Home » Artist Biographies
Mr. Tippit was born in 1915 in Melugin, in southwest Missouri near the Ozark Mountains. In 1925, he moved to Lottie, Louisiana, with his father, a railroad maintenance foreman. Later, Mr. Tippit and his brother worked for Union Pacific Railroad as maintenance foremen.
Mr. Tippit now lives in Port Allen, Louisiana, makes handmade brooms of red straw that he grows and harvests himself. Mr. learned broom making from a neighbor, Hewitt Bonaventure. Mr. Bonaventure was originally from False River, where people raised broom straw and had been making their own brooms for many years. His wife, a Louisiana native, remembers her Cajun grandparents growing their own broom straw and making brooms in the Little Teche area, tying them with baling wire, and then covering the wire with string. She explains, "These older brooms were round, and they don't cover much territory."
Using an old broom press that he salvaged and restored, Mr.Tippit binds the straw to a wooden handle, and stitches the straw by hand. Some of his pieces have wooden broomsticks, and others use the bundled, full stalks of the broom straw as handles. Mr. Tippit says, "I have always liked old timey things like dipper gourds, and I raise gourds as well as red broom straw near my house."
Local stores do not carry red broom straw seed. The seeds are saved and handed down from one family to the next. Mr. Bonaventure gave a few seeds to Bill Tippit to plant. From this first crop, he saved more seeds and harvested enough straw to make a few brooms. Learning to bind the brooms tightly was the most difficult part, he says. Mr. Bonaventure showed him how to use a rope thrown over a tree branch, and a small stick tied to the rope to tighten the binding. Mr. Tippit explains, "You put the stick on the end of the rope and you wrap that rope around the broom, then you sit on it and pull it tight and just keep working, pull it back and forth, putting tension on the rope to get the broom tight. When the broom is tight enough, a sharpened broomstick is driven into the broom." Mr. Bill uses old broom handles that he has sanded down, stained and varnished. Finally, he puts a hook in each broom handle.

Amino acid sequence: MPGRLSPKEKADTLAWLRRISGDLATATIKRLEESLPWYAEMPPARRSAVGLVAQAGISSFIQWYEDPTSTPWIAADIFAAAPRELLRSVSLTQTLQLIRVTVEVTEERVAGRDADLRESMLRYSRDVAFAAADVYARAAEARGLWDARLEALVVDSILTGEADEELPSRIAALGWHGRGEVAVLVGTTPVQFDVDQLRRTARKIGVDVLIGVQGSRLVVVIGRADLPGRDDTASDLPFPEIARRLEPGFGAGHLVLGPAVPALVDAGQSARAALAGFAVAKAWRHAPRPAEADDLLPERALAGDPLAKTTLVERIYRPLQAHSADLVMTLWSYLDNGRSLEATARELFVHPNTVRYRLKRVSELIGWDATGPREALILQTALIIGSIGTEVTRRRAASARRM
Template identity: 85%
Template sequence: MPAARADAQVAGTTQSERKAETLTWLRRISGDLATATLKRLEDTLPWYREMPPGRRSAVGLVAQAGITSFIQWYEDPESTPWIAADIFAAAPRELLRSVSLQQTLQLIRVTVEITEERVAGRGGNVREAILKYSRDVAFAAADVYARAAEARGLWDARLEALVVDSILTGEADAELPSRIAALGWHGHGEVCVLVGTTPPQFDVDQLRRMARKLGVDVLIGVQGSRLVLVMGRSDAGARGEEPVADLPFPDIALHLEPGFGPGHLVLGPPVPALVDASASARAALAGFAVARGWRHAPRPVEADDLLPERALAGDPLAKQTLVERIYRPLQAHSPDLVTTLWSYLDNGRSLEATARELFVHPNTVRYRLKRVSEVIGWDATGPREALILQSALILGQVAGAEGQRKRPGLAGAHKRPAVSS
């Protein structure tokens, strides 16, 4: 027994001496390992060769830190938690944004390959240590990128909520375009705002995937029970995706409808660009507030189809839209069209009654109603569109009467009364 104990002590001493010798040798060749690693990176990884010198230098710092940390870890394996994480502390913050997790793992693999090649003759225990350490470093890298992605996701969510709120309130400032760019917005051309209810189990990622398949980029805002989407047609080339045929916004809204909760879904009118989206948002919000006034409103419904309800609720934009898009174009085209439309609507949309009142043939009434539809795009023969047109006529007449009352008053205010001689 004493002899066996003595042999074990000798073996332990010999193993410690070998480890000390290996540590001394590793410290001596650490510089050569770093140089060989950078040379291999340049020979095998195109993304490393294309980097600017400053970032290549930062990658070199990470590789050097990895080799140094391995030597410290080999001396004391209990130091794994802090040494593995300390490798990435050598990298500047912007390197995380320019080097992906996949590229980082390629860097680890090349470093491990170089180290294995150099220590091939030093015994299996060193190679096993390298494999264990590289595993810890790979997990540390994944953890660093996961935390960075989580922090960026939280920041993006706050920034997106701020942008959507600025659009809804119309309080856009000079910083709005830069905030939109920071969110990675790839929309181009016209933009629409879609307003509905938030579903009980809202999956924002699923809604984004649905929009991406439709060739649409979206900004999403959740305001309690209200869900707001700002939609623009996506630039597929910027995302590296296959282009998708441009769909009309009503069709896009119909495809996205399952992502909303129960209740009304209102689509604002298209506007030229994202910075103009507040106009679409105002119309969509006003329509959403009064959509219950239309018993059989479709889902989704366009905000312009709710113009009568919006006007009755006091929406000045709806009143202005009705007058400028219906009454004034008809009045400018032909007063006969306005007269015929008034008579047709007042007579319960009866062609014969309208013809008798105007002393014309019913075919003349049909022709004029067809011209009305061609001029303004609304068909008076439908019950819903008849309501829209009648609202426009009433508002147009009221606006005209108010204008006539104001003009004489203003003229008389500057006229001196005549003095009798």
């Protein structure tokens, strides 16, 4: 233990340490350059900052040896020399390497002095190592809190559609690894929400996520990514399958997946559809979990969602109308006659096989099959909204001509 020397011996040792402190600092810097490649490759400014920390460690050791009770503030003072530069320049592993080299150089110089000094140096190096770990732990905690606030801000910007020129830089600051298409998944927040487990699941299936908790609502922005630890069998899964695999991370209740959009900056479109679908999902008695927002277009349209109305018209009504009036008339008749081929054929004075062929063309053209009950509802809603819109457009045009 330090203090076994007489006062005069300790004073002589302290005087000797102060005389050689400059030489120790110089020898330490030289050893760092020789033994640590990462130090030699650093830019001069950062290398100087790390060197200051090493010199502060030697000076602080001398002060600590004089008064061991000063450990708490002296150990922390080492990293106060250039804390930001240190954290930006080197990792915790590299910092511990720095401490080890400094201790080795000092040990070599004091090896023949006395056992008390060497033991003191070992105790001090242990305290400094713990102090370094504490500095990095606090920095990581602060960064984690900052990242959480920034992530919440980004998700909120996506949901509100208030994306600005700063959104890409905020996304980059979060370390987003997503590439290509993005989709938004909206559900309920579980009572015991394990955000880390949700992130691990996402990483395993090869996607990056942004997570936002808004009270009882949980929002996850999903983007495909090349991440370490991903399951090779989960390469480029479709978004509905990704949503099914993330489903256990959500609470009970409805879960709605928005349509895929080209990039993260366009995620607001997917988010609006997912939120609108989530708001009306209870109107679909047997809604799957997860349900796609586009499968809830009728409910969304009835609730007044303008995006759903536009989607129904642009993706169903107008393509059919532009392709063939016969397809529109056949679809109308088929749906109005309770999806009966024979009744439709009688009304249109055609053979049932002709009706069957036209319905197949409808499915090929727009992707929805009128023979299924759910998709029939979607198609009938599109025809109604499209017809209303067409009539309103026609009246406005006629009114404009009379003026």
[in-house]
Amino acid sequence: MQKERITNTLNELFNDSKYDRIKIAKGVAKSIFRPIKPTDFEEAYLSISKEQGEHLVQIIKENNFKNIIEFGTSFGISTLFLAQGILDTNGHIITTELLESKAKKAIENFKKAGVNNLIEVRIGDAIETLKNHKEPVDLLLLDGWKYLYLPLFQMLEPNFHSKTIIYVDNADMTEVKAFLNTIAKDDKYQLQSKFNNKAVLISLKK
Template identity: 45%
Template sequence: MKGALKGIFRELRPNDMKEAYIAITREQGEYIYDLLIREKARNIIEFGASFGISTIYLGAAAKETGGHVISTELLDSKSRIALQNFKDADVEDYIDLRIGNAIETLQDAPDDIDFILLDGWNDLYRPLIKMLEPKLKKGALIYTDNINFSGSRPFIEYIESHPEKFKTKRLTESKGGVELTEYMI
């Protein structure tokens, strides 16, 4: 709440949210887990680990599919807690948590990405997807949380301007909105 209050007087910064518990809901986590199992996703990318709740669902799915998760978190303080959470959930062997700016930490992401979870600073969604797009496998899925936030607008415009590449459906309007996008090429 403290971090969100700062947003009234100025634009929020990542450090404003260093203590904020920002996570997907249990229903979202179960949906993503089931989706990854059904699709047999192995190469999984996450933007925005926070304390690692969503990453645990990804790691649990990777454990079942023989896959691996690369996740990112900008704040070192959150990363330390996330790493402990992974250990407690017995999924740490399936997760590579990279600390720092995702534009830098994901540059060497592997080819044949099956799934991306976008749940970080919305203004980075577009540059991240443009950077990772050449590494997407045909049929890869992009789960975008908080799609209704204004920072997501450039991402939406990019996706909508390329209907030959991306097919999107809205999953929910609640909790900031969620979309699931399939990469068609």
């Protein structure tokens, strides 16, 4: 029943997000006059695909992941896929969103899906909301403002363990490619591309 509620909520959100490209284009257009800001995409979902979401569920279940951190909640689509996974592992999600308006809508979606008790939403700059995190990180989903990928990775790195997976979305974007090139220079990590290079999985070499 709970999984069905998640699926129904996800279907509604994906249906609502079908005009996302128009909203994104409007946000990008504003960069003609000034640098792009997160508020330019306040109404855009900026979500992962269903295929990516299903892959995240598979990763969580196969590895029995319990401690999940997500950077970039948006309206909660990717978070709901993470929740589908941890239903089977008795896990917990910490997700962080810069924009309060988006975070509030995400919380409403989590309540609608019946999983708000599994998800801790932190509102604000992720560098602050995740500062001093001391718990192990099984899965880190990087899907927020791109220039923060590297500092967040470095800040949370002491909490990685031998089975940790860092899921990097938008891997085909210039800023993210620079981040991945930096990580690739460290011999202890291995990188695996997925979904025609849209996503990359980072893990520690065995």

Some of his brooms are the old-fashioned round style, but most are fanned out. Each broom has three layers of straw, and Mr. Tippit uses three templates he made himself to trim the layers to the proper length. The brooms are hand-sewn together. He first used two long needles designed for mattresses. When one broke, he asked a local business to design a pliable needle that would not break easily. They made four needles from an old stainless steel rod, which he uses today. According to Mr. Tippit, it does not take long to sew a broom. He became more knowledgeable about his skill during a visit with Silver Dollar City, Missouri, broom makers. They taught him tricks like how to hide the end of the string.
Mr. Tippit is a member of the Louisiana Crafts Program. He has attended various festivals around the state such as, the Native Crafts Festival from 1986 through 1994, The Magnolia Mound in 1991, and the Natchitoches-NSU Folk Festival.